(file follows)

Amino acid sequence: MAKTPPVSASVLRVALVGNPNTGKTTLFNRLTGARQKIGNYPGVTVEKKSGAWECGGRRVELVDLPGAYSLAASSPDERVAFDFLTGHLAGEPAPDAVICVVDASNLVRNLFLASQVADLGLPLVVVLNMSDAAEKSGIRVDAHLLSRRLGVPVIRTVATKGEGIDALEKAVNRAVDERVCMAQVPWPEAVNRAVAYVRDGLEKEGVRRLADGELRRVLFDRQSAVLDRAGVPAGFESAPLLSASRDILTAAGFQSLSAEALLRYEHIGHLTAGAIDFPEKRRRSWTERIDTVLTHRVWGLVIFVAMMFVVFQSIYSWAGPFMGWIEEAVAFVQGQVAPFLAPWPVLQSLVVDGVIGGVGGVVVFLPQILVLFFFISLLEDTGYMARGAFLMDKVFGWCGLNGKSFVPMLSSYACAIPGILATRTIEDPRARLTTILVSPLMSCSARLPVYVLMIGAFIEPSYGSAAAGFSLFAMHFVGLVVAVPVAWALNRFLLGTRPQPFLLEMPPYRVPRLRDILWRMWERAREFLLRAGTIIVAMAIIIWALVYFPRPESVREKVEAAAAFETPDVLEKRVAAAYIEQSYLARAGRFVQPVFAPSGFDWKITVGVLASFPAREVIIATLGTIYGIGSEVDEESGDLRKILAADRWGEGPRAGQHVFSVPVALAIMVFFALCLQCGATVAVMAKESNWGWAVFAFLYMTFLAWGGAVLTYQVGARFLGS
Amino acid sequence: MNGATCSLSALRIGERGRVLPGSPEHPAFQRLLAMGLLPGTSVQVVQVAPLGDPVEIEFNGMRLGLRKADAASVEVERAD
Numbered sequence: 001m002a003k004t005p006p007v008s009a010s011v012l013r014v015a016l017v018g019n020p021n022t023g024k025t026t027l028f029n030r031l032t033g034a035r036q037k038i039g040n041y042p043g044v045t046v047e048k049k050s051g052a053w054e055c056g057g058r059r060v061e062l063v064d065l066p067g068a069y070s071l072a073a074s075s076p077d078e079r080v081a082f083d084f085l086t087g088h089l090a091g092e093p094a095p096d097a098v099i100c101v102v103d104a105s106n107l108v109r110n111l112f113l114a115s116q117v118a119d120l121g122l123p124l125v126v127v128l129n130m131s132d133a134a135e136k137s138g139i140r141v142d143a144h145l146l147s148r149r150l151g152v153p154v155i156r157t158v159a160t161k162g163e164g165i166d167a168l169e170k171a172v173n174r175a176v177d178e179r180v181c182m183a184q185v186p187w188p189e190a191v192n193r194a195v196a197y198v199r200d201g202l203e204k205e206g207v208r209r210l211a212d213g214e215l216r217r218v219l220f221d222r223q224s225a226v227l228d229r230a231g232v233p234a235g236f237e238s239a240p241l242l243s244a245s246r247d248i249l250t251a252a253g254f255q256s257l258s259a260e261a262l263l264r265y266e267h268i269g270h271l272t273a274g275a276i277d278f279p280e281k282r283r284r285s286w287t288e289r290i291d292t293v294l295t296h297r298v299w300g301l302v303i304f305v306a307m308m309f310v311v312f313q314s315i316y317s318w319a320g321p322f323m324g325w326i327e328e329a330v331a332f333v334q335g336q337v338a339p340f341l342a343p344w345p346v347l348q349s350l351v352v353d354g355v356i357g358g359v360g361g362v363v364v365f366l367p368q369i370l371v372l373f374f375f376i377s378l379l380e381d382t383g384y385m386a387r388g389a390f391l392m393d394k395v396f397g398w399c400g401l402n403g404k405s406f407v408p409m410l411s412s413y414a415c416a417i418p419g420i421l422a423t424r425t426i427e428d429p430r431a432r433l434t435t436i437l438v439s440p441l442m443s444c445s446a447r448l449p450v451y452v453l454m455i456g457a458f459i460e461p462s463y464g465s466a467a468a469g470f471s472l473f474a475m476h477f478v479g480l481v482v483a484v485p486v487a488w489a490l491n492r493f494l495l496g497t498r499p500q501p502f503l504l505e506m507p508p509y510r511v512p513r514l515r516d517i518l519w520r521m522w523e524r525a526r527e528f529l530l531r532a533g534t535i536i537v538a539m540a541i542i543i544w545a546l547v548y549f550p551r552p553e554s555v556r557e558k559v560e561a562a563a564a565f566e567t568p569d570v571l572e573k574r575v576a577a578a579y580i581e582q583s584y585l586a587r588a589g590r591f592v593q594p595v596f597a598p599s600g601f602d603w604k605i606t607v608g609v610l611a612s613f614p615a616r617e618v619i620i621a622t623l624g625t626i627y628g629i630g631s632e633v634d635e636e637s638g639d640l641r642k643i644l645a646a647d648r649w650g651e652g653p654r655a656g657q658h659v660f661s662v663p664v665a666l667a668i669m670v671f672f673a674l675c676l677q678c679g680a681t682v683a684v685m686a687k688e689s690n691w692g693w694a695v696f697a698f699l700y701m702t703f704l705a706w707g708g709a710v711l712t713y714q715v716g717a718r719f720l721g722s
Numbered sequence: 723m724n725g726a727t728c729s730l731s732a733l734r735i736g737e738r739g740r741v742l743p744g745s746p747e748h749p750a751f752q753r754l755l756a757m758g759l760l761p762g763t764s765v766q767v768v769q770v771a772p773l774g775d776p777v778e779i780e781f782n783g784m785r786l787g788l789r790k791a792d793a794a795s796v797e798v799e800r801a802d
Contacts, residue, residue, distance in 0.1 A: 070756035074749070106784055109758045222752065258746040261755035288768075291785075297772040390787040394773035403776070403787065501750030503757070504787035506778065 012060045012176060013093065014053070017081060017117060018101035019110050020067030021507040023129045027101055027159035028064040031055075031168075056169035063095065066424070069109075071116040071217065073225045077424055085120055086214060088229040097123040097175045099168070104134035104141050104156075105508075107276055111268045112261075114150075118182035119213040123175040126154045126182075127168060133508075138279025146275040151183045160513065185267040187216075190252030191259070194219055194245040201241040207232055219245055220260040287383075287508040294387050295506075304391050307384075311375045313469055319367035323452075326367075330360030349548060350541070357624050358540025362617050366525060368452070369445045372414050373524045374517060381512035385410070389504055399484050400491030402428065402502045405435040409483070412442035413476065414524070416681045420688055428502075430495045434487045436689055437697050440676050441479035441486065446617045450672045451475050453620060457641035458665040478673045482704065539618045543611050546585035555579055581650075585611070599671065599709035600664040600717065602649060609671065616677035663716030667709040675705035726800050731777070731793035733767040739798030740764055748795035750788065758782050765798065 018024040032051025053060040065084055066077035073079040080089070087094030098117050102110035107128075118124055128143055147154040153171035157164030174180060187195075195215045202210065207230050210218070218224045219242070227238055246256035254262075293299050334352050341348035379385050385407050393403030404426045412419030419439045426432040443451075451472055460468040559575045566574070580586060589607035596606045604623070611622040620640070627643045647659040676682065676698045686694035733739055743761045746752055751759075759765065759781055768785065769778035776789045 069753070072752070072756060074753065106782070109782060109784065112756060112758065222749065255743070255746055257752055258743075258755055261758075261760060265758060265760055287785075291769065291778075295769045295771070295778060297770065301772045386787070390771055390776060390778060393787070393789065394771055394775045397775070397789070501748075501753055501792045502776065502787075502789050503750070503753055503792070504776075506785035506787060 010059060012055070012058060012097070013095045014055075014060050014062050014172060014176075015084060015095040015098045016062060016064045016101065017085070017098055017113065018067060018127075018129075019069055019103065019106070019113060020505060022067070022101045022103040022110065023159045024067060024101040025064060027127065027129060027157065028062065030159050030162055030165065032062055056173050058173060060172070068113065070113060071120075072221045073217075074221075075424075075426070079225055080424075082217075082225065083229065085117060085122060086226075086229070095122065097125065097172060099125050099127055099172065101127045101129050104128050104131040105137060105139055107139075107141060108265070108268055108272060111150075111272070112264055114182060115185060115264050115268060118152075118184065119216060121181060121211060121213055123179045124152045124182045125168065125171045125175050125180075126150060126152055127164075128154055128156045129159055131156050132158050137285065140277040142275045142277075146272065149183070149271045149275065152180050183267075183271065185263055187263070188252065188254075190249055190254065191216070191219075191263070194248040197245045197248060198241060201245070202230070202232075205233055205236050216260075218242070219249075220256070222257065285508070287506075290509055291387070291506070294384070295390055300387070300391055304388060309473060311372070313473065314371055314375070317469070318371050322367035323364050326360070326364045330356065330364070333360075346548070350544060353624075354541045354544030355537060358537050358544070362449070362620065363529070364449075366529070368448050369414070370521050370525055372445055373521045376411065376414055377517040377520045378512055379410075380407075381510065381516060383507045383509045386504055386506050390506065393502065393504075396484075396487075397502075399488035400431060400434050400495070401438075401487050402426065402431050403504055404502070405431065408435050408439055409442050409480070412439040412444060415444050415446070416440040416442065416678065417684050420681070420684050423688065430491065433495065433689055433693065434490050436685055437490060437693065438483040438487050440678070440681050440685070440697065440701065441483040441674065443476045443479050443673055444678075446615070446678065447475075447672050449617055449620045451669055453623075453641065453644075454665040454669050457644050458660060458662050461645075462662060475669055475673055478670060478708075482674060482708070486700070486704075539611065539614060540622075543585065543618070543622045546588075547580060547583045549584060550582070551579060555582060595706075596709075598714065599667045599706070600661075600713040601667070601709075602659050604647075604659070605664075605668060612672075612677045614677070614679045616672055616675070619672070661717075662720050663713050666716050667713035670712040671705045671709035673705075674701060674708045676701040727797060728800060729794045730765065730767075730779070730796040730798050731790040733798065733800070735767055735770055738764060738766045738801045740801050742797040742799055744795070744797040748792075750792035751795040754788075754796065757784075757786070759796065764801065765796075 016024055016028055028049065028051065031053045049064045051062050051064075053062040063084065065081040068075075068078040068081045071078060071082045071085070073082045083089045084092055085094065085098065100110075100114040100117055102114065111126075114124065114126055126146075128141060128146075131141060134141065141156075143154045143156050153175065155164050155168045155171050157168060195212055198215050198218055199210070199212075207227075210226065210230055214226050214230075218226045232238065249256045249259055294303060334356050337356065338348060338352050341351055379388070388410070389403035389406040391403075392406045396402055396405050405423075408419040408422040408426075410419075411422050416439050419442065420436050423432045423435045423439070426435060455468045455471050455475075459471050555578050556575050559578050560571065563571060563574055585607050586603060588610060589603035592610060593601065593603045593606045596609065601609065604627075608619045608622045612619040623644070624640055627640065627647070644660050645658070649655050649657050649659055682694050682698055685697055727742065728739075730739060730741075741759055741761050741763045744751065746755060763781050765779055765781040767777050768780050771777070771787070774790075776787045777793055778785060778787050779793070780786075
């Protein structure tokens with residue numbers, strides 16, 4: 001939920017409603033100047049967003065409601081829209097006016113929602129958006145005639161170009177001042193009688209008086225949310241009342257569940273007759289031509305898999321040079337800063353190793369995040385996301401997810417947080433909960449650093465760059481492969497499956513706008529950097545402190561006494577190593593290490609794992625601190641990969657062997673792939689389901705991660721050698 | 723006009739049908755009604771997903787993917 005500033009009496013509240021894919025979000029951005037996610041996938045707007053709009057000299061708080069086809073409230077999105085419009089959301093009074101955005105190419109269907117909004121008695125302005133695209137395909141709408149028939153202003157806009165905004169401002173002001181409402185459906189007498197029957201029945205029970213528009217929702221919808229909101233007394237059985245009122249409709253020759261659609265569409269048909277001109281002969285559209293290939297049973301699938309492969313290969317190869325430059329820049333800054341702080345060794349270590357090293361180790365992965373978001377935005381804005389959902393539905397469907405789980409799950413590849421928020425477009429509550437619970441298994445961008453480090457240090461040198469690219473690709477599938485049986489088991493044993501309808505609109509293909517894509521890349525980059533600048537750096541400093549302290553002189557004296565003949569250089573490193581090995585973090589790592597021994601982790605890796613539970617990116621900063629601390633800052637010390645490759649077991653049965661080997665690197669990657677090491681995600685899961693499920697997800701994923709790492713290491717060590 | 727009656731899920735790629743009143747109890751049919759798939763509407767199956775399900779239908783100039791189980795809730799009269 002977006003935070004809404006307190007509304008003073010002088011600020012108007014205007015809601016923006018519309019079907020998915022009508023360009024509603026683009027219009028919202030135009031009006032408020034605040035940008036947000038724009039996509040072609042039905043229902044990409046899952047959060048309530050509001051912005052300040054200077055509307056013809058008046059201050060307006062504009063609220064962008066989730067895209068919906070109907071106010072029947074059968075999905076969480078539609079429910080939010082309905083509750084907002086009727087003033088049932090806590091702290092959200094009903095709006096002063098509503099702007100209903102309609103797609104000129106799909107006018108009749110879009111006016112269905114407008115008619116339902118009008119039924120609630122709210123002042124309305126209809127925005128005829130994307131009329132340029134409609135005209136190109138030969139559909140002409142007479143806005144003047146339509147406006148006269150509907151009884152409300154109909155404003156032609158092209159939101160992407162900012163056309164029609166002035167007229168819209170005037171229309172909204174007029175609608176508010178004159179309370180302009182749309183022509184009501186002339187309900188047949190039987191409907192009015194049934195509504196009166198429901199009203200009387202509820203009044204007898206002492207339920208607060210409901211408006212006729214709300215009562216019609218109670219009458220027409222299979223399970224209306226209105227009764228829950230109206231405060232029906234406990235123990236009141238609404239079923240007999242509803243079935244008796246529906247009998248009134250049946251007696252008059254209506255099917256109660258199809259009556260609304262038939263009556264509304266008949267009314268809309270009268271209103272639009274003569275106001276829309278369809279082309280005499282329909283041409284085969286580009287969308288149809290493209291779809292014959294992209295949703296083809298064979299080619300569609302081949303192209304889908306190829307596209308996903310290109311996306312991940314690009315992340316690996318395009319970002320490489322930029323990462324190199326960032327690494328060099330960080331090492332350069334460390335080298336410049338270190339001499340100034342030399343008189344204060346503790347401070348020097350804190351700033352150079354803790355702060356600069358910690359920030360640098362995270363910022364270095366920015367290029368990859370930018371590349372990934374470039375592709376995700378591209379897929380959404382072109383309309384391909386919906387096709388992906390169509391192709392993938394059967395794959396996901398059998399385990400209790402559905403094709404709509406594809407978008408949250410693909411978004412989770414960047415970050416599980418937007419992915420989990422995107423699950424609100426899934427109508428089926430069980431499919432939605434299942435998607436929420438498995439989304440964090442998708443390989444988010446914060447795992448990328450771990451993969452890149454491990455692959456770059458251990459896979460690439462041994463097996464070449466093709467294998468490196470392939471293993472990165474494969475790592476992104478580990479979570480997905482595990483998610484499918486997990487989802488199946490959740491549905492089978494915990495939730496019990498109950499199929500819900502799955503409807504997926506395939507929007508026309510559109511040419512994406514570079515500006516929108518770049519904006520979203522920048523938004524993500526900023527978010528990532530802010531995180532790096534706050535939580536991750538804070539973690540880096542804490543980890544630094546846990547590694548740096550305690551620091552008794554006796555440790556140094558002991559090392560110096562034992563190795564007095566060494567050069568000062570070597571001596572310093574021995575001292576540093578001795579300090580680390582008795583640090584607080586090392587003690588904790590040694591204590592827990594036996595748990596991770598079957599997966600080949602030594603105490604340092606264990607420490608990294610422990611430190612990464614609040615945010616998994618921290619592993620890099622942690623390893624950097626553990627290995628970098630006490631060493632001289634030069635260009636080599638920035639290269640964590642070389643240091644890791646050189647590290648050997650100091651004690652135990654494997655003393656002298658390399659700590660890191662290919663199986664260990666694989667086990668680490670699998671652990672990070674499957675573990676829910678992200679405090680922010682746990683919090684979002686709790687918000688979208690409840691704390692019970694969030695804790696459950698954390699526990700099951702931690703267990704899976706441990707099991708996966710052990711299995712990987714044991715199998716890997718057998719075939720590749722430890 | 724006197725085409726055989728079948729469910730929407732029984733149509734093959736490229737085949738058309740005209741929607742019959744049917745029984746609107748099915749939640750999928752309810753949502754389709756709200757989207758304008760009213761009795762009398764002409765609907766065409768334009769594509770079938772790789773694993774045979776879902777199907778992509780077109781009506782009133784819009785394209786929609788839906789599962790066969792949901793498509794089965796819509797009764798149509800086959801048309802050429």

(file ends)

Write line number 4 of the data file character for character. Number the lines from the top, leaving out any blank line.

Numbered sequence: 723m724n725g726a727t728c729s730l731s732a733l734r735i736g737e738r739g740r741v742l743p744g745s746p747e748h749p750a751f752q753r754l755l756a757m758g759l760l761p762g763t764s765v766q767v768v769q770v771a772p773l774g775d776p777v778e779i780e781f782n783g784m785r786l787g788l789r790k791a792d793a794a795s796v797e798v799e800r801a802d